Why we still have to wait for autonomous cars
For how long now have we been talking about the ‘coming’ of self-driving cars? Longer, probably, you might think. Some people, for example, believe that, as long ago as 1555, the famous soothsayer, Nostradamus, predicted that such a vehicle would be commonplace by 2055. Which, let’s be honest, wasn’t a bad guess. However, as the writings of Nostradamus are nothing if not obscure, and it’s virtually impossible to interpret them with any accuracy, all his predictions are – to say the least – questionable. And this one is especially open to doubt. It takes, after all, a pretty large stretch of the imagination to take (as some do) his reference to, in his words, ‘an ornament’ which will ‘…in 500 years bring them great contentment’ to mean that driverless cars will become the dominant mode of private transport.
But even if, like us here at Desperateseller.co.uk, you think that anyone who interprets Nostradamus in this way is a couple of sandwiches short of a picnic, the fact remains that driverless cars have been on the technological agenda for decades. Possibly, the first clear acknowledgement that they were an achievable aim came 75 years ago, in April 1939, at the massive New York World’s Fair. At that notable event, the theme was ‘The World of Tomorrow’, and General Motors had a popular display called ‘Futurama’, which had drawings of radio-controlled electric cars being propelled by electromagnetic fields created by circuits embedded in the roadway.
Since then, the arrival of the autonomous vehicle has been a matter of when, rather than if. And in recent years, the hype surrounding them has reached fever pitch. If we’re to believe the more rabid disciples of the technology, those with a Muskesque belief in their imminence, the DC will be a dominant species by the end of the coming year (2020). However, many - more sober - commentators think that the reality is rather different. In fact a recent (2019) report from PwC argued persuasively that when the start of 2021 arrives, the DC – though likely to around in some form – will still be very limited in use and tightly controlled. The report pointed at three main reasons for this:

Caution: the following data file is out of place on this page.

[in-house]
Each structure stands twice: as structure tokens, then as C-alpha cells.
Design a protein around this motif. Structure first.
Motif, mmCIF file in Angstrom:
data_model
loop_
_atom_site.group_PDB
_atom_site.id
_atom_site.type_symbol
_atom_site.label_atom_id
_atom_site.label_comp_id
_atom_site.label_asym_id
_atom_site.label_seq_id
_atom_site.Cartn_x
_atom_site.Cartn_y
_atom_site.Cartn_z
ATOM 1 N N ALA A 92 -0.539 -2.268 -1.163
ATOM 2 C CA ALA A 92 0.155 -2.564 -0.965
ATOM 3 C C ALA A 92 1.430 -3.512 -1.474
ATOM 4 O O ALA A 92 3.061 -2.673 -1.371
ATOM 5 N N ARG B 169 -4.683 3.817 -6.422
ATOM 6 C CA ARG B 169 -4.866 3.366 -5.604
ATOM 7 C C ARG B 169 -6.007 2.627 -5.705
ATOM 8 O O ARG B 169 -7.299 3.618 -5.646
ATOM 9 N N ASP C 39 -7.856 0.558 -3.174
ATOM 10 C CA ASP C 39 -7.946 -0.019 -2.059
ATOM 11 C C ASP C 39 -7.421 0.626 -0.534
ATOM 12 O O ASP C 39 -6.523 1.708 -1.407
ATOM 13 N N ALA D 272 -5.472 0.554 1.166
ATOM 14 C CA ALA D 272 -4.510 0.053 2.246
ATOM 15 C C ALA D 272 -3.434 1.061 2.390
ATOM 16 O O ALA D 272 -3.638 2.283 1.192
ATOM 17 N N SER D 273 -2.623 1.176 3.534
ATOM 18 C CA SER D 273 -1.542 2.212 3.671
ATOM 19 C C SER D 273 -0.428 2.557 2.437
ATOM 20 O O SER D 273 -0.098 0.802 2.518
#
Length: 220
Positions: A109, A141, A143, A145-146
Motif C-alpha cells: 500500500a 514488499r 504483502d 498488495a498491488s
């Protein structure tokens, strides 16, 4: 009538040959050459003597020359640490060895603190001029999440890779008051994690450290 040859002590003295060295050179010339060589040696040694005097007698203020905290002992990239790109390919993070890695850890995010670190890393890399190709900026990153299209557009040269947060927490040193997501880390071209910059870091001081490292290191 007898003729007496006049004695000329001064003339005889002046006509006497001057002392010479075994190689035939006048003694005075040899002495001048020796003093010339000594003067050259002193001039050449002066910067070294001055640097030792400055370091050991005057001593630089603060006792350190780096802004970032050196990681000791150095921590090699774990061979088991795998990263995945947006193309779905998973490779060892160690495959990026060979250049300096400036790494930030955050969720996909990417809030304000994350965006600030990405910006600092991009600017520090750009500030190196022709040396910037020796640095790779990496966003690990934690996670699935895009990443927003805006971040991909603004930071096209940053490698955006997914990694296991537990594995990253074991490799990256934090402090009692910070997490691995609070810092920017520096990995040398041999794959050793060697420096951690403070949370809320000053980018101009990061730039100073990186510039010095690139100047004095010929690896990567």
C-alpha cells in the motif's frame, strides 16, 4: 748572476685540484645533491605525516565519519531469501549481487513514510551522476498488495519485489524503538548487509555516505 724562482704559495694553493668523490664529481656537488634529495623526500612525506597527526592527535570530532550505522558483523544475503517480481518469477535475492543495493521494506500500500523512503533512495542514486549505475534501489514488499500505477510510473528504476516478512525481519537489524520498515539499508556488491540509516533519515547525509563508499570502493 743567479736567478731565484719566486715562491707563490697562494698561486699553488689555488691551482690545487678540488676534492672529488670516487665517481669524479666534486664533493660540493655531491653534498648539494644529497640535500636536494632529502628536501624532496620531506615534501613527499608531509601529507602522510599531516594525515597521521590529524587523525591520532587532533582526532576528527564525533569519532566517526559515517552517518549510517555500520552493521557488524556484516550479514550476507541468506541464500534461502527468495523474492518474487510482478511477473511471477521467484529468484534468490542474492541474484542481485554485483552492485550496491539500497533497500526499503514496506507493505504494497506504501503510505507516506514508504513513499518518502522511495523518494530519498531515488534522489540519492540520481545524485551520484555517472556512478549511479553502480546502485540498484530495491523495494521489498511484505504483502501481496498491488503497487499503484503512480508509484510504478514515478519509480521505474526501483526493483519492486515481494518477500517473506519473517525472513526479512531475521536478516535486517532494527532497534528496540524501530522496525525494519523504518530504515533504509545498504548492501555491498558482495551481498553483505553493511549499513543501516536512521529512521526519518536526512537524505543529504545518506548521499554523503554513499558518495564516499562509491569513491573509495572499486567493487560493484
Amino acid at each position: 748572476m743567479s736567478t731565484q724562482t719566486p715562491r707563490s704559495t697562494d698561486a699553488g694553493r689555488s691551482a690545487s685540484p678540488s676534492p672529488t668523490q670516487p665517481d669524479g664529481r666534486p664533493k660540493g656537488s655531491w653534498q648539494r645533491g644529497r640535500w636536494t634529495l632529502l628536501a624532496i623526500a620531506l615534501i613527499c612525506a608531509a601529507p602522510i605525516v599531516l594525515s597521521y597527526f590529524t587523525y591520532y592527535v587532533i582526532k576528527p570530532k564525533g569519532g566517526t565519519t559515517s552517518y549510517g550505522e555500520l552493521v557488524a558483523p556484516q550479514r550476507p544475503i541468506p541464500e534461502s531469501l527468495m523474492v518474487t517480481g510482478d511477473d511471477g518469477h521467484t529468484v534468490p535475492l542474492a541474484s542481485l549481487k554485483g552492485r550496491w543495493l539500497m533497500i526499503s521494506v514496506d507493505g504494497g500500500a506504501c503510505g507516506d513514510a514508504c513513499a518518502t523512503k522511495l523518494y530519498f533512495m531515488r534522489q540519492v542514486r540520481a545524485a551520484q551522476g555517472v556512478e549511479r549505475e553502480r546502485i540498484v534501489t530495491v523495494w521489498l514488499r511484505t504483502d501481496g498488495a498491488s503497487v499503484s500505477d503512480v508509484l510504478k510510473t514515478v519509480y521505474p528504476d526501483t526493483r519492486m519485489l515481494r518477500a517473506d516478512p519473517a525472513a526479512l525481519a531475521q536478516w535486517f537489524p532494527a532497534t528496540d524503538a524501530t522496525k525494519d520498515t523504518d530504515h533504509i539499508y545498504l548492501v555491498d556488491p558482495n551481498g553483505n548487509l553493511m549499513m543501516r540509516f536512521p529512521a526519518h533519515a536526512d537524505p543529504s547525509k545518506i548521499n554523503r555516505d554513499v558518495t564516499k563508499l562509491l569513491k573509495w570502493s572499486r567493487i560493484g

Lack of DC-ready infrastructure
It’s extremely doubtful that adequate road construction could take place, over the next few years, to allow autonomous cars to be allowed on highways – either separately or in platooning mode.
Cars with some self-driving features are already coming to market. Mercedes-Benz, for example, offers a couple of models, such as the E-Class, that can operate in autonomous mode in stop-and-go highway traffic, but it only works at relatively low speeds, and only when you’re bumper-to-bumper on a clearly marked road. It’s likely to be quite a few years before autonomous cars are able to fully deliver on their promise of a safer, more efficient future.
The regulatory framework isn’t ready
Once self-driving vehicles are the only cars on the road, travel will be safer, quicker and more pleasant. But there’s a catch. To get all these great benefits, most of the vehicles on the road would have to have self-driving and intercommunication capabilities. That can only happen when ‘traditional’ (non-autonomous) cars are phased out – which could take a long time. In the meantime, regulators have to work out how deal with the transition phase that consists of ‘classic’ and ‘modern’ cars at the same time.
So, what’s the reality? When will autonomous cars dominate our roads? Well, it’s hard to say, but one recent study on market trends, by McKinsey, suggests 2035 as a more reasonable date for most cars to be self-driving, with ‘full autonomy, not arriving until 2050. Which brings us back to where we started – with Nostradamus. Perhaps he was right, after all!
We’re pretty sure that, wide though it is, our selection of used cars doesn’t contain any autonomous vehicles. Still, there’s a great choice, and they’re all superb value – why not have a browse through them now!